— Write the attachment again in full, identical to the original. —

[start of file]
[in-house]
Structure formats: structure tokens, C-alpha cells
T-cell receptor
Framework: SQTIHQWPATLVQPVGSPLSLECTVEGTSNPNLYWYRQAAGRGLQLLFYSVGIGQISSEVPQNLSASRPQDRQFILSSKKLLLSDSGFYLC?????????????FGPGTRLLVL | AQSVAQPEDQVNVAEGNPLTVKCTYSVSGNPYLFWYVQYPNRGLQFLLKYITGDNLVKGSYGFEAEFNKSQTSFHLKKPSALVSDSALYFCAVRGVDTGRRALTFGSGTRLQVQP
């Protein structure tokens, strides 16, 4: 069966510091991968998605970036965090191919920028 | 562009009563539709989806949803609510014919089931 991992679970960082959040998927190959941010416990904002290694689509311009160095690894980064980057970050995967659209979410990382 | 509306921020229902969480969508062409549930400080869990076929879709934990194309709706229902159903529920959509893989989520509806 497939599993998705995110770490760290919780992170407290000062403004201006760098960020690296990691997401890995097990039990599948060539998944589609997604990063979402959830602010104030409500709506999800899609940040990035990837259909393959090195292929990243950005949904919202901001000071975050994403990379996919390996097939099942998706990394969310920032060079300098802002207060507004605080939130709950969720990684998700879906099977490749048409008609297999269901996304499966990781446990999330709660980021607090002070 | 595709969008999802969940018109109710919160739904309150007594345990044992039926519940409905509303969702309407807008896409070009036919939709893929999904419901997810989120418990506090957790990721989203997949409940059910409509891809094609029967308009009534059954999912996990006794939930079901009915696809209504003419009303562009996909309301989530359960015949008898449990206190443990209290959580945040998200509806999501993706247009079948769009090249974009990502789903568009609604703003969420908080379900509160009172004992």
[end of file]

[in-house]
Structure formats: structure tokens, C-alpha cells
T-cell receptor
Framework: SQTIHQWPATLVQPVGSPLSLECTVEGTSNPNLYWYRQAAGRGLQLLFYSVGIGQISSEVPQNLSASRPQDRQFILSSKKLLLSDSGFYLC?????????????FGPGTRLLVL | AQSVAQPEDQVNVAEGNPLTVKCTYSVSGNPYLFWYVQYPNRGLQFLLKYITGDNLVKGSYGFEAEFNKSQTSFHLKKPSALVSDSALYFCAVRGVDTGRRALTFGSGTRLQVQP
């Protein structure tokens, strides 16, 4: 069966510091991968998605970036965090191919920028 | 562009009563539709989806949803609510014919089931 991992679970960082959040998927190959941010416990904002290694689509311009160095690894980064980057970050995967659209979410990382 | 509306921020229902969480969508062409549930400080869990076929879709934990194309709706229902159903529920959509893989989520509806 497939599993998705995110770490760290919780992170407290000062403004201006760098960020690296990691997401890995097990039990599948060539998944589609997604990063979402959830602010104030409500709506999800899609940040990035990837259909393959090195292929990243950005949904919202901001000071975050994403990379996919390996097939099942998706990394969310920032060079300098802002207060507004605080939130709950969720990684998700879906099977490749048409008609297999269901996304499966990781446990999330709660980021607090002070 | 595709969008999802969940018109109710919160739904309150007594345990044992039926519940409905509303969702309407807008896409070009036919939709893929999904419901997810989120418990506090957790990721989203997949409940059910409509891809094609029967308009009534059954999912996990006794939930079901009915696809209504003419009303562009996909309301989530359960015949008898449990206190443990209290959580945040998200509806999501993706247009079948769009090249974009990502789903568009609604703003969420908080379900509160009172004992």